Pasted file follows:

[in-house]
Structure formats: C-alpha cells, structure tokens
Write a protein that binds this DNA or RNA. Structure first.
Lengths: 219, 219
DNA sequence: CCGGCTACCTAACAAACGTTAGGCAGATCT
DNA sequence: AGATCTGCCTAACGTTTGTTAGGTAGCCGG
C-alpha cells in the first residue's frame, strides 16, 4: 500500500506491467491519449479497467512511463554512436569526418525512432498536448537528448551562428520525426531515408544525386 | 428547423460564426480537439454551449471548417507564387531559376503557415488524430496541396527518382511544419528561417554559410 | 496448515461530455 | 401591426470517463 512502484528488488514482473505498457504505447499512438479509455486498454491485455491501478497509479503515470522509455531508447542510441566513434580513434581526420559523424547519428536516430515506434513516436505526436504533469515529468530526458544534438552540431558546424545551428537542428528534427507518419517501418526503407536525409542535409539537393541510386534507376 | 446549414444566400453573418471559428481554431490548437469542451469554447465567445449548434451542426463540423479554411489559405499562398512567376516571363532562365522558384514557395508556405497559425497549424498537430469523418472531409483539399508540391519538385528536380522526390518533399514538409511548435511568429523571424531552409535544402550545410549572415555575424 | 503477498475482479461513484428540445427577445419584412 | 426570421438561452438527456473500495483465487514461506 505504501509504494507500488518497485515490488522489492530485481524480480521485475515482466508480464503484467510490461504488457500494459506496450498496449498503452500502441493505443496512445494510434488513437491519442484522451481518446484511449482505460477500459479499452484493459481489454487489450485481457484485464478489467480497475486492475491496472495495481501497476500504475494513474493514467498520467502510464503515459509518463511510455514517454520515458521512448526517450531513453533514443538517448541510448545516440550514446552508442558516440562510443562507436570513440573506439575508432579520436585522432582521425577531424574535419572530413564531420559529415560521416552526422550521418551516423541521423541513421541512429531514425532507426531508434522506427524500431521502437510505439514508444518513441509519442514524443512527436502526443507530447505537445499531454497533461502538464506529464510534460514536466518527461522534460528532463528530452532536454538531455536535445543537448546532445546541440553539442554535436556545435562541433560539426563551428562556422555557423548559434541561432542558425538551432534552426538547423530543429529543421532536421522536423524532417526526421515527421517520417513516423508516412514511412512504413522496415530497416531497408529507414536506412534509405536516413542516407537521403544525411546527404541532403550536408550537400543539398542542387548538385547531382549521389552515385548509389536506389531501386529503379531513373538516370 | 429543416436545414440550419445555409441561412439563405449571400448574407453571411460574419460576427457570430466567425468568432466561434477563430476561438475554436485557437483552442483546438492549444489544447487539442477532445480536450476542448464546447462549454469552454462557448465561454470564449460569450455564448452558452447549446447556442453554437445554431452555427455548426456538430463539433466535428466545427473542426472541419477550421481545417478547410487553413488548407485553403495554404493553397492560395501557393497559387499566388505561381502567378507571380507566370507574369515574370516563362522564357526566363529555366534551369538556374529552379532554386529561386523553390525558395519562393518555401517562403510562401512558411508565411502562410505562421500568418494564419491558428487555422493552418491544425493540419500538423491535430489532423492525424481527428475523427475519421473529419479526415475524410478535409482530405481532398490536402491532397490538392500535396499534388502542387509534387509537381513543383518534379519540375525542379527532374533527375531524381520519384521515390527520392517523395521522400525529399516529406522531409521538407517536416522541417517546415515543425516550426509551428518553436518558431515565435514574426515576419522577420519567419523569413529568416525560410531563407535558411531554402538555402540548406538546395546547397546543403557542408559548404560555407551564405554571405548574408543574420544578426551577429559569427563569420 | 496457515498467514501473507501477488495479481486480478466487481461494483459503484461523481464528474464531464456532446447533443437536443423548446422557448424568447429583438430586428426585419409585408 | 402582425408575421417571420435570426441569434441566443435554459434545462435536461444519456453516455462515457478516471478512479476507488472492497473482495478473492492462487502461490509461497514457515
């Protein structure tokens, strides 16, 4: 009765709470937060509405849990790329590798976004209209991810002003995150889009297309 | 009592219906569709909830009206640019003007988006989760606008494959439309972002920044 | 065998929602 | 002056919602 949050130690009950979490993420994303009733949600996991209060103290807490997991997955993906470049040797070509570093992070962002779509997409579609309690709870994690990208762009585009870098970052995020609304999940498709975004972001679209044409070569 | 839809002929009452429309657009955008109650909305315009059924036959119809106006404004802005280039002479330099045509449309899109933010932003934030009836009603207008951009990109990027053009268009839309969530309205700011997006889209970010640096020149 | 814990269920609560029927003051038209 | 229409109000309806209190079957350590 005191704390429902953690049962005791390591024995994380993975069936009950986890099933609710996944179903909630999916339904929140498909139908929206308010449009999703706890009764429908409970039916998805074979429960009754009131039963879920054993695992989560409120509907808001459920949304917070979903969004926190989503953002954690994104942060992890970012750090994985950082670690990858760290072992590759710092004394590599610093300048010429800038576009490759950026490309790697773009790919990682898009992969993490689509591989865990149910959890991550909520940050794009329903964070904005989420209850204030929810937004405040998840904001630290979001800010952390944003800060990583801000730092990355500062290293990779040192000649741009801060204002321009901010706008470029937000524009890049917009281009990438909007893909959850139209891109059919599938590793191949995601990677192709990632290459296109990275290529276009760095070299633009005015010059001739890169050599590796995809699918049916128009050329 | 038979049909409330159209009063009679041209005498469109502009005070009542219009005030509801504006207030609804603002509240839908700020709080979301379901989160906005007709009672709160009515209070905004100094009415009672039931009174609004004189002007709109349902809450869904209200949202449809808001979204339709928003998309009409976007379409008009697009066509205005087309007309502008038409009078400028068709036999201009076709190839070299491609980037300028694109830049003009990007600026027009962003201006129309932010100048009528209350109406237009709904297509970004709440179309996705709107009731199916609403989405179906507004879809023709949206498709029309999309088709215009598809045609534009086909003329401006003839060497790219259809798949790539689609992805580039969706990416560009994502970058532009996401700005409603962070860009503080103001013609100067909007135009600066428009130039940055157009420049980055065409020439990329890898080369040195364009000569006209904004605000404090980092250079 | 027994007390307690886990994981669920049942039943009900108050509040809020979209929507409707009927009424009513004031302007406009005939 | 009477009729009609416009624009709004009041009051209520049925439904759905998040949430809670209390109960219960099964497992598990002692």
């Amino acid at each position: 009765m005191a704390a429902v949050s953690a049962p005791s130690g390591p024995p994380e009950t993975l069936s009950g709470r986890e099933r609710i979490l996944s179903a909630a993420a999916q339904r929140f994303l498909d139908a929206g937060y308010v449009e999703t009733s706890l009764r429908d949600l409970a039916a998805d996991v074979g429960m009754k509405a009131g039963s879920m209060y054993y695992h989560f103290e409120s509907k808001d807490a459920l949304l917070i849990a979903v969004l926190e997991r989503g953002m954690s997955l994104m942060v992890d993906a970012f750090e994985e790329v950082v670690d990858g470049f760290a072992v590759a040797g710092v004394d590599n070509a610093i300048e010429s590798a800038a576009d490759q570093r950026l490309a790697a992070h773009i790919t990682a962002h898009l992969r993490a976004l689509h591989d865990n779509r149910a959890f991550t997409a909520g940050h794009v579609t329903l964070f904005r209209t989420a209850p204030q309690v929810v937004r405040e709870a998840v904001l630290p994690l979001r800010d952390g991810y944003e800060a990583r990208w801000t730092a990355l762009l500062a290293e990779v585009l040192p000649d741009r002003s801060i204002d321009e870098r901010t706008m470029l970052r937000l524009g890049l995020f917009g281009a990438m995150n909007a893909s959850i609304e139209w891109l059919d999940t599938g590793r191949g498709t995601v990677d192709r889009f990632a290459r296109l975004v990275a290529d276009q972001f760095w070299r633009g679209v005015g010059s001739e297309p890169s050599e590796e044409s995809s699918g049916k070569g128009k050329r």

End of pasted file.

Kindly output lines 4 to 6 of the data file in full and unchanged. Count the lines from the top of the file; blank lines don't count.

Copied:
Lengths: 219, 219
DNA sequence: CCGGCTACCTAACAAACGTTAGGCAGATCT
DNA sequence: AGATCTGCCTAACGTTTGTTAGGTAGCCGG